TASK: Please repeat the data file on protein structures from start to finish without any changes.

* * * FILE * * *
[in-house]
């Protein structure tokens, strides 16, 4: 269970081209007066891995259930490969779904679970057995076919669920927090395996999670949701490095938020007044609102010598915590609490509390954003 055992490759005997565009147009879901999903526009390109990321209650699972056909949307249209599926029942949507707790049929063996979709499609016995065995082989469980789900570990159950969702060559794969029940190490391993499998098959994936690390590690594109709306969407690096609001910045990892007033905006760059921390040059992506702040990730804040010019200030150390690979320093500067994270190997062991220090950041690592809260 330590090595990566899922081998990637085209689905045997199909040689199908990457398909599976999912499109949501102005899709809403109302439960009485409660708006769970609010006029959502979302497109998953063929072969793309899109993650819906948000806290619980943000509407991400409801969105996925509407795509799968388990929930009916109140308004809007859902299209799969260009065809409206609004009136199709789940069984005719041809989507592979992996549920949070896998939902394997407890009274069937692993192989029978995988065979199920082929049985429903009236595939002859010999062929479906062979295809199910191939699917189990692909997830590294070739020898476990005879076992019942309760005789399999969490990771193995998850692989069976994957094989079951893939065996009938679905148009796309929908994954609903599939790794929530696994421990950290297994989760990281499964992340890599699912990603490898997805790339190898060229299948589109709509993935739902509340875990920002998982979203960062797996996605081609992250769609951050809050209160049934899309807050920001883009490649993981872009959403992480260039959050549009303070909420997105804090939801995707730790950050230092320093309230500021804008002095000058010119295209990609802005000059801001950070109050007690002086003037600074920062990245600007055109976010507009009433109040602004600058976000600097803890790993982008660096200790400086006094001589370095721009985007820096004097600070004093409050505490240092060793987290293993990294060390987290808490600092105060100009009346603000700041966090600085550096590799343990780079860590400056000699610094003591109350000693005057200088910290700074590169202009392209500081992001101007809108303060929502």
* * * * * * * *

[in-house]
């Protein structure tokens, strides 16, 4: 269970081209007066891995259930490969779904679970057995076919669920927090395996999670949701490095938020007044609102010598915590609490509390954003 055992490759005997565009147009879901999903526009390109990321209650699972056909949307249209599926029942949507707790049929063996979709499609016995065995082989469980789900570990159950969702060559794969029940190490391993499998098959994936690390590690594109709306969407690096609001910045990892007033905006760059921390040059992506702040990730804040010019200030150390690979320093500067994270190997062991220090950041690592809260 330590090595990566899922081998990637085209689905045997199909040689199908990457398909599976999912499109949501102005899709809403109302439960009485409660708006769970609010006029959502979302497109998953063929072969793309899109993650819906948000806290619980943000509407991400409801969105996925509407795509799968388990929930009916109140308004809007859902299209799969260009065809409206609004009136199709789940069984005719041809989507592979992996549920949070896998939902394997407890009274069937692993192989029978995988065979199920082929049985429903009236595939002859010999062929479906062979295809199910191939699917189990692909997830590294070739020898476990005879076992019942309760005789399999969490990771193995998850692989069976994957094989079951893939065996009938679905148009796309929908994954609903599939790794929530696994421990950290297994989760990281499964992340890599699912990603490898997805790339190898060229299948589109709509993935739902509340875990920002998982979203960062797996996605081609992250769609951050809050209160049934899309807050920001883009490649993981872009959403992480260039959050549009303070909420997105804090939801995707730790950050230092320093309230500021804008002095000058010119295209990609802005000059801001950070109050007690002086003037600074920062990245600007055109976010507009009433109040602004600058976000600097803890790993982008660096200790400086006094001589370095721009985007820096004097600070004093409050505490240092060793987290293993990294060390987290808490600092105060100009009346603000700041966090600085550096590799343990780079860590400056000699610094003591109350000693005057200088910290700074590169202009392209500081992001101007809108303060929502």